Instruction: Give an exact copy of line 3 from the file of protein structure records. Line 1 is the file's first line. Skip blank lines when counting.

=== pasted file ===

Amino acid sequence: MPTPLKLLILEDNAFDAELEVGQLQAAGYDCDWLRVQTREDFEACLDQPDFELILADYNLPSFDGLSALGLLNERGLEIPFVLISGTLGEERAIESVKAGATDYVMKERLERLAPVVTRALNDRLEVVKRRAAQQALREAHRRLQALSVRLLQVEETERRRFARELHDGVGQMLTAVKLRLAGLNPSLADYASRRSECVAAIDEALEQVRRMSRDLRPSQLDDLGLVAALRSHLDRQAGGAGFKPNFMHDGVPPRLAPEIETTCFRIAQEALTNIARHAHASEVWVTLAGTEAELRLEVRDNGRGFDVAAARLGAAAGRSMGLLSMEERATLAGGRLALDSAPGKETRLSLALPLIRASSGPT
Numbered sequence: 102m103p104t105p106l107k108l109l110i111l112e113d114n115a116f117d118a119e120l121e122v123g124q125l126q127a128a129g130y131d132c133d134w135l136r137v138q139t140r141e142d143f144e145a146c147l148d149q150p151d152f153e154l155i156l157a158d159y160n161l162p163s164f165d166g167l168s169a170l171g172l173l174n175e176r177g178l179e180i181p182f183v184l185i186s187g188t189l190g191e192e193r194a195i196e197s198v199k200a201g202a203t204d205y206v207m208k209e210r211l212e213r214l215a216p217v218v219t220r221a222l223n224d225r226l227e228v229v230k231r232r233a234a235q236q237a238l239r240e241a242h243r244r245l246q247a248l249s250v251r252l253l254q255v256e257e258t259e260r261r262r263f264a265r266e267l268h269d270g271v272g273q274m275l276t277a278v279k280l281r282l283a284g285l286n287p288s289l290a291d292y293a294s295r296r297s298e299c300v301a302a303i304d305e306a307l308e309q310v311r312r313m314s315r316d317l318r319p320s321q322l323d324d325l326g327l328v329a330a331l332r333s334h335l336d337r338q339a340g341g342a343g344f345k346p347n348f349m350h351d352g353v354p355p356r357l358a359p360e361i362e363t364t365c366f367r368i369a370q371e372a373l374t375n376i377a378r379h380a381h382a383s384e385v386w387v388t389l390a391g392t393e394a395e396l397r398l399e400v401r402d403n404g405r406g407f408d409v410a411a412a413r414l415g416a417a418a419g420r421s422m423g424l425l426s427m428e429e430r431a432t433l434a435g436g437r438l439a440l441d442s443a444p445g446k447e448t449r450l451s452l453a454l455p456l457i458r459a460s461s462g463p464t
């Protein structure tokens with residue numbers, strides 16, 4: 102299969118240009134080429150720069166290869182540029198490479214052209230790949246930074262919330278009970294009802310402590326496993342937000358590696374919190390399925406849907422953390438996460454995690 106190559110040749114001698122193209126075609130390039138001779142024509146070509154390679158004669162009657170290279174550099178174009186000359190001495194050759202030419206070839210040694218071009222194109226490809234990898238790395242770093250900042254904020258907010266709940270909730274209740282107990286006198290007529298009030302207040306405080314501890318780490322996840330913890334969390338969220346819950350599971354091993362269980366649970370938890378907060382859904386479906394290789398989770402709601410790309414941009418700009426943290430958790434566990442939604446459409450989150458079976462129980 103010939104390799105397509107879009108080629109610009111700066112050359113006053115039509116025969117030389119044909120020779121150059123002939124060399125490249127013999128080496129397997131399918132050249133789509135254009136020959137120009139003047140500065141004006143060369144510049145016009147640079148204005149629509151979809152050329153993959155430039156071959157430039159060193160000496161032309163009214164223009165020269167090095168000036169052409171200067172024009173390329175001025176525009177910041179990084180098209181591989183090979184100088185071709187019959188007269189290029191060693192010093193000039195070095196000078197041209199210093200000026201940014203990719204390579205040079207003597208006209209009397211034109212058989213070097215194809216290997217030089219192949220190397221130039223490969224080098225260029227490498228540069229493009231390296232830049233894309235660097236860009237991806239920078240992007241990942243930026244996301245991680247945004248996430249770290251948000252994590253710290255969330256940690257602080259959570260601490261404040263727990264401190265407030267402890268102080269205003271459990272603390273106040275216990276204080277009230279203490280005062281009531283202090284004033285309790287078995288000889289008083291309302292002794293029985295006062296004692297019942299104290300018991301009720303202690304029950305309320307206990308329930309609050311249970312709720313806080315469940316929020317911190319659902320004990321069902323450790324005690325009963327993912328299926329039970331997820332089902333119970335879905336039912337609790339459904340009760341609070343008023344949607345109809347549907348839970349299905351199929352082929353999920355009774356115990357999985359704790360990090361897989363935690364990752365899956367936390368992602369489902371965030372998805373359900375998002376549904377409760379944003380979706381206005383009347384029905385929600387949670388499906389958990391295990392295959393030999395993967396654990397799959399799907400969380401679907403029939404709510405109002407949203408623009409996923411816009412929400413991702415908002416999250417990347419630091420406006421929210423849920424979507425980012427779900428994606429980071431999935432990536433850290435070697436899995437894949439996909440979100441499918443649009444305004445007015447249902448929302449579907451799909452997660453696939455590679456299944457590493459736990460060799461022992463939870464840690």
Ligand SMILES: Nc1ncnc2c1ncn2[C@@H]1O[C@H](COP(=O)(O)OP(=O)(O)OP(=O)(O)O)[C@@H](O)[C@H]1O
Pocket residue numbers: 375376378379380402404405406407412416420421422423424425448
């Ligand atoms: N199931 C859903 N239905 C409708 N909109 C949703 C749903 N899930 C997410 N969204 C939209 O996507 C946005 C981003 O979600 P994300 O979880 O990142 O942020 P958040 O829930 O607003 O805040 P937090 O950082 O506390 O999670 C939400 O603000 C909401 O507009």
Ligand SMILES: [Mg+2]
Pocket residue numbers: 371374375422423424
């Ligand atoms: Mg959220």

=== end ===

């Protein structure tokens with residue numbers, strides 16, 4: 102299969118240009134080429150720069166290869182540029198490479214052209230790949246930074262919330278009970294009802310402590326496993342937000358590696374919190390399925406849907422953390438996460454995690 106190559110040749114001698122193209126075609130390039138001779142024509146070509154390679158004669162009657170290279174550099178174009186000359190001495194050759202030419206070839210040694218071009222194109226490809234990898238790395242770093250900042254904020258907010266709940270909730274209740282107990286006198290007529298009030302207040306405080314501890318780490322996840330913890334969390338969220346819950350599971354091993362269980366649970370938890378907060382859904386479906394290789398989770402709601410790309414941009418700009426943290430958790434566990442939604446459409450989150458079976462129980 103010939104390799105397509107879009108080629109610009111700066112050359113006053115039509116025969117030389119044909120020779121150059123002939124060399125490249127013999128080496129397997131399918132050249133789509135254009136020959137120009139003047140500065141004006143060369144510049145016009147640079148204005149629509151979809152050329153993959155430039156071959157430039159060193160000496161032309163009214164223009165020269167090095168000036169052409171200067172024009173390329175001025176525009177910041179990084180098209181591989183090979184100088185071709187019959188007269189290029191060693192010093193000039195070095196000078197041209199210093200000026201940014203990719204390579205040079207003597208006209209009397211034109212058989213070097215194809216290997217030089219192949220190397221130039223490969224080098225260029227490498228540069229493009231390296232830049233894309235660097236860009237991806239920078240992007241990942243930026244996301245991680247945004248996430249770290251948000252994590253710290255969330256940690257602080259959570260601490261404040263727990264401190265407030267402890268102080269205003271459990272603390273106040275216990276204080277009230279203490280005062281009531283202090284004033285309790287078995288000889289008083291309302292002794293029985295006062296004692297019942299104290300018991301009720303202690304029950305309320307206990308329930309609050311249970312709720313806080315469940316929020317911190319659902320004990321069902323450790324005690325009963327993912328299926329039970331997820332089902333119970335879905336039912337609790339459904340009760341609070343008023344949607345109809347549907348839970349299905351199929352082929353999920355009774356115990357999985359704790360990090361897989363935690364990752365899956367936390368992602369489902371965030372998805373359900375998002376549904377409760379944003380979706381206005383009347384029905385929600387949670388499906389958990391295990392295959393030999395993967396654990397799959399799907400969380401679907403029939404709510405109002407949203408623009409996923411816009412929400413991702415908002416999250417990347419630091420406006421929210423849920424979507425980012427779900428994606429980071431999935432990536433850290435070697436899995437894949439996909440979100441499918443649009444305004445007015447249902448929302449579907451799909452997660453696939455590679456299944457590493459736990460060799461022992463939870464840690």